Fortunately, it's easy to determine the accreditation of any school. Simply search for each school on your list using the U.S. Department of Education's searchable database, and find out which schools on your list make the grade.

Confirming a school's accreditation is important. In whichever international relations school you choose, you deserve to have confidence in your degree. For more information on accreditation, see WorldWideLearn.com's accreditation answers page.

Step 7: Focus Your Long List of International Relations Colleges & Universities

By now, you've used the resources above to create a list of potential international relations schools and weeded out the programs that didn't hold current accreditation. Next, it's time to focus your list even further.

Personalize your search by considering each school using the following categories. Consider different elements of each international relations program, and you may find you have learned much more about your future degree in general. Use the following to start focusing your options:

  • Requirements: You may need to provide undergraduate transcripts, GRE and/or TOEFL scores, work experience proof or resumes, letters of recommendation, and other requirements. As a rule, the most exclusive international relations schools require the most from applicants.
  • Location: If you're attending a campus program, consider the school's location. If you want to stay in the area after you've graduated or work there while you're in school, approach the location as someone searching for work--soon enough, you may be.
  • Funding: One international relations program may offer scholarships or teaching stipends, while another could waive out-of-state tuition and fees. The financial aid package you're offered says a lot about how the school values you as a student, as well as their available funds.
  • Faculty: Be sure to base your application on the general strength of a school's entire international relations faculty rather than one individual. Because professors do change schools or take semesters off, you want to make sure you are happy with the strength of the department in general.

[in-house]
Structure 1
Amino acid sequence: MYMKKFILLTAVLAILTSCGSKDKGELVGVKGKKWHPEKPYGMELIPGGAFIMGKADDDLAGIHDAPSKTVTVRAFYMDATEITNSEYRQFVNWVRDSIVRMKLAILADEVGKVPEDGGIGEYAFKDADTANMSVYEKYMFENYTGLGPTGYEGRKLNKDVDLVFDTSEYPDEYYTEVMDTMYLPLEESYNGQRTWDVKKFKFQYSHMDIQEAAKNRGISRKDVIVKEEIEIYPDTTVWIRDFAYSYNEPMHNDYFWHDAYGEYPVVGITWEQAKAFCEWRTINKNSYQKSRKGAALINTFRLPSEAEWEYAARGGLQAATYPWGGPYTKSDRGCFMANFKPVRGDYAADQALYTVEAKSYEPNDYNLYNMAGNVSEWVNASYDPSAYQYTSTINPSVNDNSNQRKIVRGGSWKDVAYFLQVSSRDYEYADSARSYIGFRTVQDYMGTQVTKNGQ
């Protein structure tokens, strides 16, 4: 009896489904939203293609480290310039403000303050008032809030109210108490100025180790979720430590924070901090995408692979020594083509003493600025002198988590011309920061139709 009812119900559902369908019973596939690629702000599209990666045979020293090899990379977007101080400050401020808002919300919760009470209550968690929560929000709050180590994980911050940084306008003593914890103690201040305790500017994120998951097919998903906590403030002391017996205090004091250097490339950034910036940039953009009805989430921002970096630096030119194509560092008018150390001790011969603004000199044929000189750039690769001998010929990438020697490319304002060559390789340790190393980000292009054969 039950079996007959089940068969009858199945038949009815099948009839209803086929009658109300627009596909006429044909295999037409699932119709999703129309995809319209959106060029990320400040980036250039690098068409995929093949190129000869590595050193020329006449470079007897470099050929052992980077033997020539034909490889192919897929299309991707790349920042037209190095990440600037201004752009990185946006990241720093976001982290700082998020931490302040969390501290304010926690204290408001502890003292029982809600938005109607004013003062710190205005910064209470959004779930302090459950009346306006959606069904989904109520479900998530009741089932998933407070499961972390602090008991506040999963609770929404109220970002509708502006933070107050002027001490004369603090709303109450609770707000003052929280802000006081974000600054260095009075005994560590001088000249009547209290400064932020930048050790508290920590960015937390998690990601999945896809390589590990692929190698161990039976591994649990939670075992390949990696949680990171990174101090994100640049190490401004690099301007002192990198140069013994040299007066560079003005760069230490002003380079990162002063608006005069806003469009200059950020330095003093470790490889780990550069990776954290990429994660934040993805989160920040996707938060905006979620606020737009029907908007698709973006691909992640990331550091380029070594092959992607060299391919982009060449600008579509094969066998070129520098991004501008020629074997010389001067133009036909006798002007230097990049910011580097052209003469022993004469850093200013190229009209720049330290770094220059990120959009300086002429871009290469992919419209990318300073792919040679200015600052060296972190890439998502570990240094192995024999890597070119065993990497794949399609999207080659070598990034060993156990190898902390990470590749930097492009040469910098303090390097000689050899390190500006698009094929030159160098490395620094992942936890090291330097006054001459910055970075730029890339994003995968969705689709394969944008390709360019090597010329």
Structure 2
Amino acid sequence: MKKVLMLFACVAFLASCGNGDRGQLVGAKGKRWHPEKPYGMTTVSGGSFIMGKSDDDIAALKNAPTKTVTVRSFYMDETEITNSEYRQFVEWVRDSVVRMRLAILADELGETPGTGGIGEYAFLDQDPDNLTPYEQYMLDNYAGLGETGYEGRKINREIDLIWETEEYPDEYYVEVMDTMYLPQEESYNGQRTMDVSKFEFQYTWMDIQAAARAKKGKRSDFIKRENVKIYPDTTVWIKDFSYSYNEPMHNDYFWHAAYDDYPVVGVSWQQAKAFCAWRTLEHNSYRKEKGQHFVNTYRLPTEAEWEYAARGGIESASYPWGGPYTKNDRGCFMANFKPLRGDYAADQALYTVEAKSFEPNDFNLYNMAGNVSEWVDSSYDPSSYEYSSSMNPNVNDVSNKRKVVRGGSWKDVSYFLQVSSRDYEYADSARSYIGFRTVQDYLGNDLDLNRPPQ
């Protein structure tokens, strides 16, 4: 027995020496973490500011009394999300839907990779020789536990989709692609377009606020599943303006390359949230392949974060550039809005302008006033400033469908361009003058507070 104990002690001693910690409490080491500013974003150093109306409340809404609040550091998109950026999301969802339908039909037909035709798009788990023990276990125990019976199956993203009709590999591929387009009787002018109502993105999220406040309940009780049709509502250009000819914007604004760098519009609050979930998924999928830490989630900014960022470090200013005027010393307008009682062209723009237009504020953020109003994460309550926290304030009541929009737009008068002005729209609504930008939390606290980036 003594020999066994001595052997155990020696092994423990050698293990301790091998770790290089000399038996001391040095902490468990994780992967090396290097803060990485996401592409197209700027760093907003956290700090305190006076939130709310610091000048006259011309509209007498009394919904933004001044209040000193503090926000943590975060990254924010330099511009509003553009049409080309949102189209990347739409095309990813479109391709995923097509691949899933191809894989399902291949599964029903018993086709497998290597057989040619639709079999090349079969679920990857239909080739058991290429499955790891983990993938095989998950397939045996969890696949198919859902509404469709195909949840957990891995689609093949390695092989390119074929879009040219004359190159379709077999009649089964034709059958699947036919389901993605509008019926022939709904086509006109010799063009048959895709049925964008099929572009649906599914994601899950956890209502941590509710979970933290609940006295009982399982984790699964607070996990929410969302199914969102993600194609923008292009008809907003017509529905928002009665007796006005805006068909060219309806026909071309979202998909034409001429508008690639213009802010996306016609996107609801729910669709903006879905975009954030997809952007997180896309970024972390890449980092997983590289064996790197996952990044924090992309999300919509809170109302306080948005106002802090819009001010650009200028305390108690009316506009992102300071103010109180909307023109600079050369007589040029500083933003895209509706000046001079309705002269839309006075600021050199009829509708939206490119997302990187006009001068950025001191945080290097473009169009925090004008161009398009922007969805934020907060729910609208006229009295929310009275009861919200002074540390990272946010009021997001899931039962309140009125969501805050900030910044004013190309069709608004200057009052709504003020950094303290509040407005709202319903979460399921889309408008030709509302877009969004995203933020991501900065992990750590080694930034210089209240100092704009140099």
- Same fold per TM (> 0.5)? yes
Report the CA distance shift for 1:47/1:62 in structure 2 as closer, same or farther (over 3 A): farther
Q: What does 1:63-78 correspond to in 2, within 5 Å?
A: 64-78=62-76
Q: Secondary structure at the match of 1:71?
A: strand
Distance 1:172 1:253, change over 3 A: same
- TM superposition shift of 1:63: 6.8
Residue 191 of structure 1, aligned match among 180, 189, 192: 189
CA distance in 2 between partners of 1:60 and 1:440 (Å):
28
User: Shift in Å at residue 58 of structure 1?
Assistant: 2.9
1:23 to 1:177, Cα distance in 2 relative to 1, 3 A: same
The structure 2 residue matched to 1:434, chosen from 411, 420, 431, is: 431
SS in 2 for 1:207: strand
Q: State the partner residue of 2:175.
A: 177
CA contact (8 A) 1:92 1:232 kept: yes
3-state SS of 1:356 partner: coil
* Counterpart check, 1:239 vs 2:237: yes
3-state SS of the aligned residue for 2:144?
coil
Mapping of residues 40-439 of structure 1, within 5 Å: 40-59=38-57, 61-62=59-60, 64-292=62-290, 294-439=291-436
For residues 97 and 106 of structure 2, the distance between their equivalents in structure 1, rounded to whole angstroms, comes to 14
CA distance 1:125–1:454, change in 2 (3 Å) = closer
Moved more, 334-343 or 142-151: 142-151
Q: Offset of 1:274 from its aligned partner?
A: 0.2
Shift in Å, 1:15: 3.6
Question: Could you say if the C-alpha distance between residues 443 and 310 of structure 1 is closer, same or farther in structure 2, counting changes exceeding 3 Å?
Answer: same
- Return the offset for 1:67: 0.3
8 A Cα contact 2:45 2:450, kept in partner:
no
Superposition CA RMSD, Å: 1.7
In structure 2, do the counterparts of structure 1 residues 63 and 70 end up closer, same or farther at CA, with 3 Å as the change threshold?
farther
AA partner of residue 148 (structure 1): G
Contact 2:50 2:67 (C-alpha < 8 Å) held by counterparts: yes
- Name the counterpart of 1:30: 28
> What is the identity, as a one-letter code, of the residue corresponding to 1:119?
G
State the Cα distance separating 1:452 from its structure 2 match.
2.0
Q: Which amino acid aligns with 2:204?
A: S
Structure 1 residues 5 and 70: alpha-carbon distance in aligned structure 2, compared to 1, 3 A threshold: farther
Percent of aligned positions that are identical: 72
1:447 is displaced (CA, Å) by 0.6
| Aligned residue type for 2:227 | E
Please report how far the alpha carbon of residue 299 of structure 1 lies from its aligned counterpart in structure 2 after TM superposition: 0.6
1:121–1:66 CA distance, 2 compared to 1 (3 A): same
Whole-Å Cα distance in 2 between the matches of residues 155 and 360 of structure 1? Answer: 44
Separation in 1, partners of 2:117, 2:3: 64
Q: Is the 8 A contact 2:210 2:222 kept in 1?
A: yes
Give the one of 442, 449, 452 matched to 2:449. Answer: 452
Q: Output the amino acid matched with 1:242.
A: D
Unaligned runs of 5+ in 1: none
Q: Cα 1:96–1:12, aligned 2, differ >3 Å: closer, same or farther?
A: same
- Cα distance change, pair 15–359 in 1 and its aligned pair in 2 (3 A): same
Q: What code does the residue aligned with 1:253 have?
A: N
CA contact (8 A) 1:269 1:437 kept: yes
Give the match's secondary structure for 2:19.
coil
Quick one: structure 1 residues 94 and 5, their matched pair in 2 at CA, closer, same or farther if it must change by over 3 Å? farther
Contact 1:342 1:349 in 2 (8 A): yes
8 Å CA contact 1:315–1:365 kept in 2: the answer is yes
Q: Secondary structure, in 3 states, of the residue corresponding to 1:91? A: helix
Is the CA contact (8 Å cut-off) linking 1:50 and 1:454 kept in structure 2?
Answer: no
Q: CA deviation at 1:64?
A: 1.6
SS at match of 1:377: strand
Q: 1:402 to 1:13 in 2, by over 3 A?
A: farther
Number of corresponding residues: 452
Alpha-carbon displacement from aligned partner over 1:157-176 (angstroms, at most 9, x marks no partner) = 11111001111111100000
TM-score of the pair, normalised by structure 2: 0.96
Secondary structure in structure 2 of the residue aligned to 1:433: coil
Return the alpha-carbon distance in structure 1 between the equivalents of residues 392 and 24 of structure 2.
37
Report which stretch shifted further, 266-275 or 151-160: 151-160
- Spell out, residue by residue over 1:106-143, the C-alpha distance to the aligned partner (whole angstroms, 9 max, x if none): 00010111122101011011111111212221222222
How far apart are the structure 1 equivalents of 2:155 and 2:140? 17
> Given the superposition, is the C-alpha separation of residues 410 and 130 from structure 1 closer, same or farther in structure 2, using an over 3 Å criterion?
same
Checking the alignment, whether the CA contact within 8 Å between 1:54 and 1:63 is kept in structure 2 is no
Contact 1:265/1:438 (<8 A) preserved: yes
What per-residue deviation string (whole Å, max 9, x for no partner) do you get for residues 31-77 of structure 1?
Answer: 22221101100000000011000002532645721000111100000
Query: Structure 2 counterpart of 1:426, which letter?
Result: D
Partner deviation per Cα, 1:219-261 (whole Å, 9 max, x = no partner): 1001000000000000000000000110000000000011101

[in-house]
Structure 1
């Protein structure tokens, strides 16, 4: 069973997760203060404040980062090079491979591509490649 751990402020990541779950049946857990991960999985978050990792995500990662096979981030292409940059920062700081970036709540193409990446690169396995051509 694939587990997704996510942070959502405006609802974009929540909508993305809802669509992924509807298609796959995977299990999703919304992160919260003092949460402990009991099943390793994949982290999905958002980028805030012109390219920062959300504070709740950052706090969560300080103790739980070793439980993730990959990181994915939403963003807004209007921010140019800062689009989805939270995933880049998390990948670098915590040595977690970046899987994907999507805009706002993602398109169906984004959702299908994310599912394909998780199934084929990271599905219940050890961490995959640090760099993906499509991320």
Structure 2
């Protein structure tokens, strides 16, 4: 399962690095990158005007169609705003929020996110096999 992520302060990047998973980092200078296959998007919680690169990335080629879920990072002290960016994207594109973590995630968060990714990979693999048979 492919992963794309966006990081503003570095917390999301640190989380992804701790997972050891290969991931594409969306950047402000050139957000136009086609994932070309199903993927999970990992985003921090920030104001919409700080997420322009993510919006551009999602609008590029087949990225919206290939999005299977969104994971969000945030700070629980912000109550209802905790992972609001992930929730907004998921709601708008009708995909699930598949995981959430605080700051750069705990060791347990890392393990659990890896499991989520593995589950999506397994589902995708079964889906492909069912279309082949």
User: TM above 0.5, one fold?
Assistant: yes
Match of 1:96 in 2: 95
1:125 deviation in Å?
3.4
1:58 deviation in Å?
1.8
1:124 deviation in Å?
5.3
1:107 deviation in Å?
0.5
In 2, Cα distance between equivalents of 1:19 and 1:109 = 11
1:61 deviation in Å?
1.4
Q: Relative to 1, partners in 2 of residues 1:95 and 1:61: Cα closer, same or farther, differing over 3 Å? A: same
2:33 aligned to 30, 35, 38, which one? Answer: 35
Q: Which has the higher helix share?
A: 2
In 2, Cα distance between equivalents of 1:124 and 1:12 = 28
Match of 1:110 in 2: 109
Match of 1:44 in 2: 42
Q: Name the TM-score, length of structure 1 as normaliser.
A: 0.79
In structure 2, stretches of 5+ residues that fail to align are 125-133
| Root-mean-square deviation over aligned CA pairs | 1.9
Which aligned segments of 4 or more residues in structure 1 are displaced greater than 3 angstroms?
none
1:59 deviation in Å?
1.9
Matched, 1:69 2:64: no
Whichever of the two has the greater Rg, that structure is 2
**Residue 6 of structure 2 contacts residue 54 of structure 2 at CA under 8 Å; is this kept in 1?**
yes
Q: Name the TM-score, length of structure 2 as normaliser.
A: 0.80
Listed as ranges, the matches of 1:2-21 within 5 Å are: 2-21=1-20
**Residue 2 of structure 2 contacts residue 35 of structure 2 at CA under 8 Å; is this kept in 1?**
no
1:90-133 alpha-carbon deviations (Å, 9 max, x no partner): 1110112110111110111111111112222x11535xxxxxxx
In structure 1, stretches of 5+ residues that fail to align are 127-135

Once you've thought about each international relations school in terms of the categories above, your top schools should begin to emerge. This step does take time, but it's worth it to learn more about your preferences as you find your top choices.

Step 8: Apply for International Relations Master's Degree Programs

By this step, you've thought about potential majors, accreditation issues, learning styles, and your own personal preferences. You've narrowed your list of international relations degree programs down to your best options. It's time to begin the application process. Keep the following in mind:

  • Requirements: Be prepared to provide all of the application required documentation. Every master's degree program sets different requirements for potential students. Contact each school's international relations department for specific details.
  • Deadlines: Once you've researched different schools and made your ideal list, don't waste your effort by missing an important deadline. Stay on top of deadlines for admissions applications, undergraduate transcripts, and financial aid applications.
  • Personalization: Make a statement in every application by personalizing each one to the school in question. Take each school's personality into account as you write each letter of intent. This extra touch could help you convince even the toughest application reader that you would be an ideal candidate.

Thoroughly research your international relations degree, and you could find it easier to personalize your application to each program. Research works to improve your chances of being accepted to the top schools on your list as it saves you time and money on applications. By taking the time to research, you can be one step closer to your goals.

Sources

  • Accreditation Search, U.S. Department of Education
  • International Relations (MA) Joint Degree, Yale University
  • International Relations Coursework, Boston University
  • Master of International Business, Tufts University
  • Rankings: International Business, U.S. News & World Report
  • Rankings: International Politics, U.S. News & World Report
  • Thunderbird School of Global Management